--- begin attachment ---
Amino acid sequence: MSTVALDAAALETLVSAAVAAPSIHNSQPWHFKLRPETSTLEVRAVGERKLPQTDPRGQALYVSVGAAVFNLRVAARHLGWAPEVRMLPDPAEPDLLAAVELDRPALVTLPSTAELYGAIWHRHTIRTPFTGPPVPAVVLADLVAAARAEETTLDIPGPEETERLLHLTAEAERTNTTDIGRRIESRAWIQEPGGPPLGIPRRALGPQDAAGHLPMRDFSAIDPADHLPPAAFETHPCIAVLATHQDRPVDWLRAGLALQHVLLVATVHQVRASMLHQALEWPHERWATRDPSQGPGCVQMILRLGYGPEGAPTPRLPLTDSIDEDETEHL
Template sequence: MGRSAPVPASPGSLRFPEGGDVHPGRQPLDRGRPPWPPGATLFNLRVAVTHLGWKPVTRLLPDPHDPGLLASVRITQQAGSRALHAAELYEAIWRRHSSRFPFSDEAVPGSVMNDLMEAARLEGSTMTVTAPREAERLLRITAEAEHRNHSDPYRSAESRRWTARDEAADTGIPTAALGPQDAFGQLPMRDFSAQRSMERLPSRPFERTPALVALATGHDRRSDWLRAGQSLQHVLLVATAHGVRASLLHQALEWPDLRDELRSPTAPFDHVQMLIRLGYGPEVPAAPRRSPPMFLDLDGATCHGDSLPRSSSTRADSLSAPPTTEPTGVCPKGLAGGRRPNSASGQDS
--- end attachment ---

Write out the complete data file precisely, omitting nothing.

Amino acid sequence: MSTVALDAAALETLVSAAVAAPSIHNSQPWHFKLRPETSTLEVRAVGERKLPQTDPRGQALYVSVGAAVFNLRVAARHLGWAPEVRMLPDPAEPDLLAAVELDRPALVTLPSTAELYGAIWHRHTIRTPFTGPPVPAVVLADLVAAARAEETTLDIPGPEETERLLHLTAEAERTNTTDIGRRIESRAWIQEPGGPPLGIPRRALGPQDAAGHLPMRDFSAIDPADHLPPAAFETHPCIAVLATHQDRPVDWLRAGLALQHVLLVATVHQVRASMLHQALEWPHERWATRDPSQGPGCVQMILRLGYGPEGAPTPRLPLTDSIDEDETEHL
Template sequence: MGRSAPVPASPGSLRFPEGGDVHPGRQPLDRGRPPWPPGATLFNLRVAVTHLGWKPVTRLLPDPHDPGLLASVRITQQAGSRALHAAELYEAIWRRHSSRFPFSDEAVPGSVMNDLMEAARLEGSTMTVTAPREAERLLRITAEAEHRNHSDPYRSAESRRWTARDEAADTGIPTAALGPQDAFGQLPMRDFSAQRSMERLPSRPFERTPALVALATGHDRRSDWLRAGQSLQHVLLVATAHGVRASLLHQALEWPDLRDELRSPTAPFDHVQMLIRLGYGPEVPAAPRRSPPMFLDLDGATCHGDSLPRSSSTRADSLSAPPTTEPTGVCPKGLAGGRRPNSASGQDS